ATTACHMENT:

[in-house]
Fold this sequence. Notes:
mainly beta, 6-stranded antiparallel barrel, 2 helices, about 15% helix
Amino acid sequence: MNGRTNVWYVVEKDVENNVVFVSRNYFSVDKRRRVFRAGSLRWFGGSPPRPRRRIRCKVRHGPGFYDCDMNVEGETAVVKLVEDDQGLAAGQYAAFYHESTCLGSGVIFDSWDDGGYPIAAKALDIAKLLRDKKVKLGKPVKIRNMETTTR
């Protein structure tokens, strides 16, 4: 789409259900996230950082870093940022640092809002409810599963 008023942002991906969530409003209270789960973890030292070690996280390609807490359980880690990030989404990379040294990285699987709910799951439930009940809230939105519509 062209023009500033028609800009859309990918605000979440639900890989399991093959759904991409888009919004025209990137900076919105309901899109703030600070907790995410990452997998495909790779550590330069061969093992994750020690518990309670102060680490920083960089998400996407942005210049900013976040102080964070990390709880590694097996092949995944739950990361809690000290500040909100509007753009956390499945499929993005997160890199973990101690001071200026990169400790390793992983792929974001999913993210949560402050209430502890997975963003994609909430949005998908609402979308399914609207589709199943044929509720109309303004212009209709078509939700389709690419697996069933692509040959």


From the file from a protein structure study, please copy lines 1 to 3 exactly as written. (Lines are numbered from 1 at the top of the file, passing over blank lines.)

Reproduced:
[in-house]
Fold this sequence. Notes:
mainly beta, 6-stranded antiparallel barrel, 2 helices, about 15% helix